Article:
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Since appearing on FOX Business last week to talk about three major tech companies – Facebook Inc. (Nasdaq: FB), Twitter Inc. (NYSE: TWTR), and Amazon.com Inc. (Nasdaq: AMZN) – I've been getting a ton of questions about what the future really holds for these companies.
Especially Facebook and Twitter.
Those are probably the two best-known players in the social media sector right now.
After releasing their third-quarter earnings reports just days from each other last week, it's evident that their fortunes are starting to diverge.
While Facebook's fortunes are on the rise, Twitter is choking.
Today, I'll tell you why…
It's All About Who Has the "Bigger" Ads
The tale of these two companies boils down to one key factor – user growth.
In social media, user growth is the be-all and end-all.
Both Facebook and Twitter pour millions of dollars into growing their user bases.
But while Facebook just announced its ninth consecutive quarter ahead of market expectations, Twitter is struggling.
Despite beating or matching most analysts' expectations in its Oct. 27 quarterly report, Twitter reduced its fourth-quarter guidance – and got slammed. In after-hours trading that night, Twitter stock began plummeting, and has fallen some 17% since then.
The micro-blogging site is losing some of its steam as the year closes out.
And it's all happening because of one thing – ads.
The San Francisco-based company isn't fully exploiting its Twitter Ads space. And because of that, Twitter doesn't have the same monetization opportunities that Facebook is capitalizing on.
In fact, out of Twitter's estimated 4.5 million small-business accounts, only several thousand have used Twitter Ads.
Compare that to Facebook. Of the Menlo Park, California-based company's estimated 30 million small-business accounts, nearly 2 million are advertisers.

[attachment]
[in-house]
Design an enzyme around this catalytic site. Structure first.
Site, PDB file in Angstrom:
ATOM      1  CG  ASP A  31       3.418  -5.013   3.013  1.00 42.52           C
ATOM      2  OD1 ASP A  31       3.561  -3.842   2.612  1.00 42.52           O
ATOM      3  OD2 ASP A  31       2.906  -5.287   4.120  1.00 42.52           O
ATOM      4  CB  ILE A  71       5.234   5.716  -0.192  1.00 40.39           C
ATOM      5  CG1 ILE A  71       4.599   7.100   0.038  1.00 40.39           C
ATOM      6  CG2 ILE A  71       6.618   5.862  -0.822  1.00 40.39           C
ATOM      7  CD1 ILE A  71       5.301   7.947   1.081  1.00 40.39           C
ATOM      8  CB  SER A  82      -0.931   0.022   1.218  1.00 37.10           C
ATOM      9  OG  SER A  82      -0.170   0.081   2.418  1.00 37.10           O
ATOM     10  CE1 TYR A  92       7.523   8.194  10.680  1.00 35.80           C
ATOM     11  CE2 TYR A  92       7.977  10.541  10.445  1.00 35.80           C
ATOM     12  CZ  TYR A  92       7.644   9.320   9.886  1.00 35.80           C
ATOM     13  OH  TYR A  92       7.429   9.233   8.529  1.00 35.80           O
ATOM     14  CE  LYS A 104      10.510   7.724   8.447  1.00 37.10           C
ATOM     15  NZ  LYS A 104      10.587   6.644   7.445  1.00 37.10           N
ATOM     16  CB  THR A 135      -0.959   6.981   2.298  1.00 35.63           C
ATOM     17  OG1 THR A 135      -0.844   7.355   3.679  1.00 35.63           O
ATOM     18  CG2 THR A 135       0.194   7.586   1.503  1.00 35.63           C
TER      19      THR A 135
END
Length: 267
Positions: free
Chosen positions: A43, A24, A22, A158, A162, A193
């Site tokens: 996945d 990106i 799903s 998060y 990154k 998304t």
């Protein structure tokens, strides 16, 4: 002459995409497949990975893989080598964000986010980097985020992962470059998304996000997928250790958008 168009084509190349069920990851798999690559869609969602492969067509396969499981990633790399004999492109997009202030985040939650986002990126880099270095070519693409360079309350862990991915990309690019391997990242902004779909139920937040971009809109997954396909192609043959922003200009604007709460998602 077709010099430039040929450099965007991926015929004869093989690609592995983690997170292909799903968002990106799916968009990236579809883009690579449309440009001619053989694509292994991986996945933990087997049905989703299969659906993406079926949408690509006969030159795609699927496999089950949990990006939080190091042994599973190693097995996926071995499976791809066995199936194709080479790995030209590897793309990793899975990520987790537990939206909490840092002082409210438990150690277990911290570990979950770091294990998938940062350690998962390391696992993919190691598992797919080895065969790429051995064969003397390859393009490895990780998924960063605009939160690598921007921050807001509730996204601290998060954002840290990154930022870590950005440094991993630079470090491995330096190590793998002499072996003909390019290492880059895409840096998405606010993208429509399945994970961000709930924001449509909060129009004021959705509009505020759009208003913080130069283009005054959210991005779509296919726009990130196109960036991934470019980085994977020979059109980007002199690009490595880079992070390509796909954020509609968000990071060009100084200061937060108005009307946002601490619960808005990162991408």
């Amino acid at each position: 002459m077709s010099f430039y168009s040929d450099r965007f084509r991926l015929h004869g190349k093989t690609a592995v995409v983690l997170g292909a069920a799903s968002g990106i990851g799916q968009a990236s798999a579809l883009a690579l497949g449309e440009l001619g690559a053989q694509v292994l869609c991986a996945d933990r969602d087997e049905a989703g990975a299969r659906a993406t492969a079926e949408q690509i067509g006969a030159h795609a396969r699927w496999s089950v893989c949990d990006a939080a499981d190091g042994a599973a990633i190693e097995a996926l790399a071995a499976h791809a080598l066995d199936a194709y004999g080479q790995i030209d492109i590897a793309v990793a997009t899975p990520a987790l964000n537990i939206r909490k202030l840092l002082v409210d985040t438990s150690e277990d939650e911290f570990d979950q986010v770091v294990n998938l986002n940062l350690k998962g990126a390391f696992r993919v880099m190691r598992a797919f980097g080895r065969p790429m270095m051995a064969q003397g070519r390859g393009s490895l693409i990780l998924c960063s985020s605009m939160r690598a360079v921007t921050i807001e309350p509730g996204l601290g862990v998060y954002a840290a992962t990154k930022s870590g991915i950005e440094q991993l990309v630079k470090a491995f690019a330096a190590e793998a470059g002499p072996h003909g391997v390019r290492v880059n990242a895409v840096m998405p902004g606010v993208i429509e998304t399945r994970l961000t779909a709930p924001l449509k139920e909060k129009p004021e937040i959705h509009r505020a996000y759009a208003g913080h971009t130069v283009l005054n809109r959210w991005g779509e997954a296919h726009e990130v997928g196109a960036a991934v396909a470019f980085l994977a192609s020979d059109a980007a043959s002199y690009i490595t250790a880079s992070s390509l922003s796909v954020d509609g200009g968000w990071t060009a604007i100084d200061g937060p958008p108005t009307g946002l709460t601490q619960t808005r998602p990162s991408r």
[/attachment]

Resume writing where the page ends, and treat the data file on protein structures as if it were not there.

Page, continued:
Twitter Chief Executive Officer Dick Costolo is still shoring up the company's operations in order to sell ads and grow the user base. In other words, this is a company still finding its sea legs.
That's why I'm so bullish about Facebook.
I first recommended Facebook stock to you back in March, and my opinion of the company hasn't changed. Facebook is a mobile advertising juggernaut.
In fact, Facebook announced in its third-quarter report on Oct. 28 that advertising revenue was up 64% from the same quarter one year ago to $2.69 billion.
The real strength to this social media tycoon is its powerful earnings – up 72% year over year – on top of increasing numbers of user. Facebook reported 40 million new subscribers last quarter alone and nearly one-fifth of the world's population signing in at least once a month.
These factors indicate that Facebook is a company that has the steam to keep moving and the foundation to come out of any market dips.
That's just the sort of heft that Twitter isn't capable of right now, but its making an effort to climb back into the ring…
Twitter's IBM Deal Is Critical
About the Author
Michael A. Robinson is a 35-year Silicon Valley veteran and one of the top technology financial analysts working today. He regularly delivers winning trade recommendations to the Members of his monthly tech investing newsletter, Nova-X Report, and small-cap tech service, Radical Technology Profits. In the past two years alone, his subscribers have seen over 100 double- and triple-digit gains from his recommendations.
As a consultant, senior adviser, and board member for Silicon Valley venture capital firms, Michael enjoys privileged access to pioneering CEOs and high-profile industry insiders. In fact, he was one of five people involved in early meetings for the $160 billion "cloud" computing phenomenon. And he was there as Lee Iacocca and Roger Smith, the CEOs of Chrysler and GM, led the robotics revolution that saved the U.S. automotive industry.
In addition to being a regular guest and panelist on CNBC and Fox Business Network, Michael is also a Pulitzer Prize-nominated writer and reporter. His first book, "Overdrawn: The Bailout of American Savings" warned people about the coming financial collapse - years before "bailout" became a household word.
You can follow Michael's tech insight and product updates for free with his Strategic Tech Investor newsletter.